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Social Security Programs and Retirement around the WorldWorking Longer$
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Courtney C. Coile, Kevin Milligan, and David A. Wise

Print publication date: 2019

Print ISBN-13: 9780226619293

Published to Chicago Scholarship Online: September 2020

DOI: 10.7208/chicago/9780226619323.001.0001

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Working Longer in the United States

Working Longer in the United States

Trends and Explanations

Chapter:
(p.299) 12 Working Longer in the United States
Source:
Social Security Programs and Retirement around the World
Author(s):

Courtney C. Coile

Publisher:
University of Chicago Press
DOI:10.7208/chicago/9780226619323.003.0013

Over the past two decades, labor force participation rates for older men have been rising, reversing a century-long trend towards earlier retirement. Participation rates for older women are rising as well. A number of theories have been put forward to explain the rise in participation at older ages, including improving mortality and health, increasing education and a shift towards less physically demanding work, and changes in employer-provided benefits and Social Security. This paper documents trends in labor force participation and employment at older ages and in the factors that may be contributing to rising participation. A review of these trends and of the relevant literature suggests that increases in education, women’s growing role in the economy, the shift from defined benefit to defined contribution pension plans, and Social Security reforms all likely played some role in the trend towards longer work lives.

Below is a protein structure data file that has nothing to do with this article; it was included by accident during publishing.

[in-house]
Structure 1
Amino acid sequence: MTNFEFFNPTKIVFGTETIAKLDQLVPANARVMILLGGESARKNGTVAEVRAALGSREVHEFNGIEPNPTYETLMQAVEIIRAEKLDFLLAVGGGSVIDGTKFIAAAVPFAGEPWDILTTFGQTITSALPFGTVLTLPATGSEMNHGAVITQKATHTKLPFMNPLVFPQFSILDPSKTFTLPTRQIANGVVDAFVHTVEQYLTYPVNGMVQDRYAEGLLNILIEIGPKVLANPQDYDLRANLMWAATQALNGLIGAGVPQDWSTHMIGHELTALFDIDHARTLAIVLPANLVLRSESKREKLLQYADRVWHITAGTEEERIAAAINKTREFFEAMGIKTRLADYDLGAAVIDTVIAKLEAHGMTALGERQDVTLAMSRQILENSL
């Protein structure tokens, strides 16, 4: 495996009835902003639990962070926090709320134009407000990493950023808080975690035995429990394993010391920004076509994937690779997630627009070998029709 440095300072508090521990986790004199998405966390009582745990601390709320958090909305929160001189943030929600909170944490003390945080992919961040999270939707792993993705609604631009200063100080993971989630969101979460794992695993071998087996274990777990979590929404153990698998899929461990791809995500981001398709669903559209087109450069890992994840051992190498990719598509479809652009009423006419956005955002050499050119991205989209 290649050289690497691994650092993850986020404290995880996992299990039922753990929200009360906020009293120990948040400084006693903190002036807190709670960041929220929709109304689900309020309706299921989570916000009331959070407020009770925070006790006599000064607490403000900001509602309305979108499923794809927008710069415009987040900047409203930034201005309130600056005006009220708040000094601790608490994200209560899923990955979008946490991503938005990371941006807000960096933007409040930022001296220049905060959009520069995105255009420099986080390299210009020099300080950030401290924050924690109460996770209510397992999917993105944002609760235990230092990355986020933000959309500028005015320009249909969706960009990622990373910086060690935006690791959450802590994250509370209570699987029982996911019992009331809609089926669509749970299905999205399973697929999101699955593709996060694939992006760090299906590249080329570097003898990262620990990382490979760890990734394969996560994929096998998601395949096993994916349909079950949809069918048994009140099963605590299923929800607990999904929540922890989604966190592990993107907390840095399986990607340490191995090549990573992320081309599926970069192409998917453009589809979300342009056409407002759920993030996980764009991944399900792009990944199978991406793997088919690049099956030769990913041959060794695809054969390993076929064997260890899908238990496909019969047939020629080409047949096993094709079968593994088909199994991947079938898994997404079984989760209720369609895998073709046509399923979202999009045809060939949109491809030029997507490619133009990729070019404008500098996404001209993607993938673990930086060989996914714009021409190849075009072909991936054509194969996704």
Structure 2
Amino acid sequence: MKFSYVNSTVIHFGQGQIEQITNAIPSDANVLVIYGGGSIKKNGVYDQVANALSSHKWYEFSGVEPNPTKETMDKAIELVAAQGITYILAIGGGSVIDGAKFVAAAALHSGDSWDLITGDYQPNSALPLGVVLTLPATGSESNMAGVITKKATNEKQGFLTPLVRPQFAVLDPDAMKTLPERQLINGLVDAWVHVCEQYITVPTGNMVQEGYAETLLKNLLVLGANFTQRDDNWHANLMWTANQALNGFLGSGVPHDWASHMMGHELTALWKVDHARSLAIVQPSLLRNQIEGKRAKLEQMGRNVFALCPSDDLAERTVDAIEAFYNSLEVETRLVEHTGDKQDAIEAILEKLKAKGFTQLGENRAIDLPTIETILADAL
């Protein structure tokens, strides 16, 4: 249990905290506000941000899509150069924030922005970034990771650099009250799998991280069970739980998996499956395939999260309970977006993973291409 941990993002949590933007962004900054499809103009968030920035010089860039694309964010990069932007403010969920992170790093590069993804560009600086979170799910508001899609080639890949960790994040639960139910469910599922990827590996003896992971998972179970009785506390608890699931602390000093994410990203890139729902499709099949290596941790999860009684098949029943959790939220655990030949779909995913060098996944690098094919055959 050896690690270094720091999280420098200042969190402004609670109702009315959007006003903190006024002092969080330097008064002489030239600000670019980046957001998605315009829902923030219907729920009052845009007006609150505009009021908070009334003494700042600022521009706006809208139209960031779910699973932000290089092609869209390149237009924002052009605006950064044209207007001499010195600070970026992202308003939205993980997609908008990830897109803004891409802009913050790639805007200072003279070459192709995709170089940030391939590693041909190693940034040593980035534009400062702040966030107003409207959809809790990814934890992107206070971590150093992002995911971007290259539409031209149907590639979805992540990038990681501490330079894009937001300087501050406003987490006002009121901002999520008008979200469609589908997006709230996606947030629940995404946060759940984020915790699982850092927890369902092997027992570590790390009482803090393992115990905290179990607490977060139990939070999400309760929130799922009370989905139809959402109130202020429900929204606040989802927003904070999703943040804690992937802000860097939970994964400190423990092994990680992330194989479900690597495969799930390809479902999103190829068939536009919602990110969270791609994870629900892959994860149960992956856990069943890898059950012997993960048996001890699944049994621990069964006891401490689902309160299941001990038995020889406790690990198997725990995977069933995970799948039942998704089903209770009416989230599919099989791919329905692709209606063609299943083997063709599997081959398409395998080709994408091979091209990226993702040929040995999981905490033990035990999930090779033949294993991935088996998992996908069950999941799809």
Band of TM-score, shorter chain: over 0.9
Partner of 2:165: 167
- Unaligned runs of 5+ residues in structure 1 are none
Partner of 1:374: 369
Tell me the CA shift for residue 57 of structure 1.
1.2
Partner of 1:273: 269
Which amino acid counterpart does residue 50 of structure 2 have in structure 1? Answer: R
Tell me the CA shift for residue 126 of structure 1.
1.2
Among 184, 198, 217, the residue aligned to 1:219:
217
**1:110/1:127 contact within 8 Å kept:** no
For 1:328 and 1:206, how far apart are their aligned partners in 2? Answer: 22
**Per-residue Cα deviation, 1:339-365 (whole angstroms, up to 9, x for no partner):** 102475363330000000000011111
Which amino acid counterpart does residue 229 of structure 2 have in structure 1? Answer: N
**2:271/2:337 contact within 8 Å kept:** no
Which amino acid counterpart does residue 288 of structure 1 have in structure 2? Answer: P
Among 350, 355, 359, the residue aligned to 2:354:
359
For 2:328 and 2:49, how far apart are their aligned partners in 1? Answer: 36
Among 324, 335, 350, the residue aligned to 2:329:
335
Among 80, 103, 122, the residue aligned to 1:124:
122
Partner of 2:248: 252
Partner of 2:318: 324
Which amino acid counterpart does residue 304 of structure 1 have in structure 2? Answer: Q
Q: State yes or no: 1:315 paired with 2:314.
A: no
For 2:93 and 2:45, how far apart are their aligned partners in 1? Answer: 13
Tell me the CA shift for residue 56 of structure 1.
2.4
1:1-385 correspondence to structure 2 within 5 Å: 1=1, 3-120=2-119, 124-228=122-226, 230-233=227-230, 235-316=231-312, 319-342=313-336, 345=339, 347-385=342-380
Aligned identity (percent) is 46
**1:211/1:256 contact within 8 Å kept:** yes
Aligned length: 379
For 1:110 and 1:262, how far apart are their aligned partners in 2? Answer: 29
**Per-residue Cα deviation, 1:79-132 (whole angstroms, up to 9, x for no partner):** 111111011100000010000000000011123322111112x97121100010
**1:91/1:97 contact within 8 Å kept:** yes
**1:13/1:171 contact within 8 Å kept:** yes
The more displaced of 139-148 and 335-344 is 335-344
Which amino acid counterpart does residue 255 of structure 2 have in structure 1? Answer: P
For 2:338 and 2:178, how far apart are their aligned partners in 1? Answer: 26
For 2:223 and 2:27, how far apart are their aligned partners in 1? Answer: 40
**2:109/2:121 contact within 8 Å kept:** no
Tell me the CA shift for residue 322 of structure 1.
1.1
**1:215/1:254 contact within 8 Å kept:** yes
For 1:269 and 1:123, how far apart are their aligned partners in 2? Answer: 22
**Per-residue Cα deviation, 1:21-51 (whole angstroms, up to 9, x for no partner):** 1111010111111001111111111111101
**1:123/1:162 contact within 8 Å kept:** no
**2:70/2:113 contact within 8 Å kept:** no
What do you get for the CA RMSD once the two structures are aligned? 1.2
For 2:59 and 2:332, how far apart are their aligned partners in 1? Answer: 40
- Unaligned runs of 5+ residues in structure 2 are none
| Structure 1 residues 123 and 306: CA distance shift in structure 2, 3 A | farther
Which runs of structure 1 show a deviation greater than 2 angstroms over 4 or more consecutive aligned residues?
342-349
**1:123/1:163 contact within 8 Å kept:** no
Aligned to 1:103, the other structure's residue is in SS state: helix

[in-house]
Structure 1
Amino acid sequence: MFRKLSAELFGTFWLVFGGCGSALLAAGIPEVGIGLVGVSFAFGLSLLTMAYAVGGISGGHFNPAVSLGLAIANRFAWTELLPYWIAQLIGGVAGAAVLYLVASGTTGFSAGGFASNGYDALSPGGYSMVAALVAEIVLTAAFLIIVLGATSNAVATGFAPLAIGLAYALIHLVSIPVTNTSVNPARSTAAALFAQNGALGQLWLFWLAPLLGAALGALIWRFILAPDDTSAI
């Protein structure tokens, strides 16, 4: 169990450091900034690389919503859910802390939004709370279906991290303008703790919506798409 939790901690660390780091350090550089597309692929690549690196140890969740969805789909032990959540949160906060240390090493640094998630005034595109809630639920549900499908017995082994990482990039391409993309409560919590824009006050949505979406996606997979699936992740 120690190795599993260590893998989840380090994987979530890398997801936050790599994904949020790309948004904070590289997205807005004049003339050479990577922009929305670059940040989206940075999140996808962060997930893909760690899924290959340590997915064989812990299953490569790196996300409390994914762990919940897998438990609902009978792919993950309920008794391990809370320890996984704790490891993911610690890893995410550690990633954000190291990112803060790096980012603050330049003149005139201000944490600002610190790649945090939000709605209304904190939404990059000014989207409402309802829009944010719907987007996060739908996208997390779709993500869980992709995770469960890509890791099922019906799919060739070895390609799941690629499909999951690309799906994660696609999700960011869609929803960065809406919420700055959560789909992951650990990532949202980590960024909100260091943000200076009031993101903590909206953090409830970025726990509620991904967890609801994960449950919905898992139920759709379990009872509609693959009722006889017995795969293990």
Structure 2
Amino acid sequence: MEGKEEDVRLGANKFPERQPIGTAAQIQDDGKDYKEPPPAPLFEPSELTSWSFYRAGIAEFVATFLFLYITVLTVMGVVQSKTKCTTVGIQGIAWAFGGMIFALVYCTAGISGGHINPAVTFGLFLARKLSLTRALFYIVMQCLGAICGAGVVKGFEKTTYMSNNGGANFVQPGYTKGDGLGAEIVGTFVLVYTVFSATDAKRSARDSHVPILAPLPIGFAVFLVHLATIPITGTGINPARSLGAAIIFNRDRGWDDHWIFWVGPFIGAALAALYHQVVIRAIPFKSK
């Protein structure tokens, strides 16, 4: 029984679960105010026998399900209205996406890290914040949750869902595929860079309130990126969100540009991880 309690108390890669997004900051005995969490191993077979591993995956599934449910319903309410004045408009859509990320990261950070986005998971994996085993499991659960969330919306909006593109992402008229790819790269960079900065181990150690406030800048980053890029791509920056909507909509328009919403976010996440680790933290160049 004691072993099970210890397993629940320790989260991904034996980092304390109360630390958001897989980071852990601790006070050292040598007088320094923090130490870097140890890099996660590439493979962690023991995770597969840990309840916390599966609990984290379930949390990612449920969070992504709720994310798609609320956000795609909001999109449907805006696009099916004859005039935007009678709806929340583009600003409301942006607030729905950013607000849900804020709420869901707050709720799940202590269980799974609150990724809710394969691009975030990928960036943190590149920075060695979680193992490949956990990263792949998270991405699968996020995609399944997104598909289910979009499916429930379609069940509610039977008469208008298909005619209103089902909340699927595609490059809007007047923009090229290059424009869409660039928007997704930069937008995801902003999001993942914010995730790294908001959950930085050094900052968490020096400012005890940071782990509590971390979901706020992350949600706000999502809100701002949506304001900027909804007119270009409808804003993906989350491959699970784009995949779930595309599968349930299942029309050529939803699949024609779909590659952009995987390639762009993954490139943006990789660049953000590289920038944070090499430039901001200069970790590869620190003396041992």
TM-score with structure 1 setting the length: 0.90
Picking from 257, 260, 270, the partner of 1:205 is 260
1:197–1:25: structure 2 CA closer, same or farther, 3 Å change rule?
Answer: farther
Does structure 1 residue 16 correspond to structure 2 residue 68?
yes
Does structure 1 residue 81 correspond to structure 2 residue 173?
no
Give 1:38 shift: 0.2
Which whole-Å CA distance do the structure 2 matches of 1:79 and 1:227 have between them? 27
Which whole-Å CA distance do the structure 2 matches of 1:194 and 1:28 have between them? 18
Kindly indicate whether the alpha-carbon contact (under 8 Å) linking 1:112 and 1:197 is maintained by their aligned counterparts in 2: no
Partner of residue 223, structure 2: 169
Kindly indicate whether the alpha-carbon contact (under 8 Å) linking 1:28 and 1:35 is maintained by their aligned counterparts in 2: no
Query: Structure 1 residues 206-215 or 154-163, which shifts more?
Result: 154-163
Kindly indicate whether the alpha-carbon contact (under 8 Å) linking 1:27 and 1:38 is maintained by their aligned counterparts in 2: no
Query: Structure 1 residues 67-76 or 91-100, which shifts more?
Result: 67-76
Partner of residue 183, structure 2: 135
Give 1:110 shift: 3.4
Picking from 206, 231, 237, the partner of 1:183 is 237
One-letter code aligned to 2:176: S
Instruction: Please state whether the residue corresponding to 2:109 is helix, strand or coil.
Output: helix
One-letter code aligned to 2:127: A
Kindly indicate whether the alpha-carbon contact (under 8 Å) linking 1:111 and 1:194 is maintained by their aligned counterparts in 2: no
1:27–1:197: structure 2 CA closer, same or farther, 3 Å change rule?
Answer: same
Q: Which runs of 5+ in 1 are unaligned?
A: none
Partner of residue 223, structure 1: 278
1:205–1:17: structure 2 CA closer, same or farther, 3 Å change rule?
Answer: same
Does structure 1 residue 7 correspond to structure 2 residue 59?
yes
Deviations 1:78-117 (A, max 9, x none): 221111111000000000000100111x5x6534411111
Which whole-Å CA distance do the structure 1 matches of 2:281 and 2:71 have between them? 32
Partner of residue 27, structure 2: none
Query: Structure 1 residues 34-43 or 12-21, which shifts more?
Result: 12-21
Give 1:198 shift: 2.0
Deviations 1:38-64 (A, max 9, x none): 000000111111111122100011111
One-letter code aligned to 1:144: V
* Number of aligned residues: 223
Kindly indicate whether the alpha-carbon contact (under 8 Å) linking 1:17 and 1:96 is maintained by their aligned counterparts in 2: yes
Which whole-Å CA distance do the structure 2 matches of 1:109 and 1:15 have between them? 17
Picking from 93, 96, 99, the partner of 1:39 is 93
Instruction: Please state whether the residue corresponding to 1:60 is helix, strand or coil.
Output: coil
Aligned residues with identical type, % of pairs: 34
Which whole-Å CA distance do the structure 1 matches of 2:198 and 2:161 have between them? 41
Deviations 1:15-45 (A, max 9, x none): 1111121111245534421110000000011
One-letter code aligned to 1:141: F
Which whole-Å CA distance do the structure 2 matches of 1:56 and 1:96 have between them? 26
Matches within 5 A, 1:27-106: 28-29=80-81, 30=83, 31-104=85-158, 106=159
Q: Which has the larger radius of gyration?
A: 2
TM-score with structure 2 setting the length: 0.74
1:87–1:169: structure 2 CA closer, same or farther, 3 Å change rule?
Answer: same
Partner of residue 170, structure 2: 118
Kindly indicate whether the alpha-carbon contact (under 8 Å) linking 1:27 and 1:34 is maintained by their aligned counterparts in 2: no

Keywords:   labor force participation, United States, health, retirement, employment

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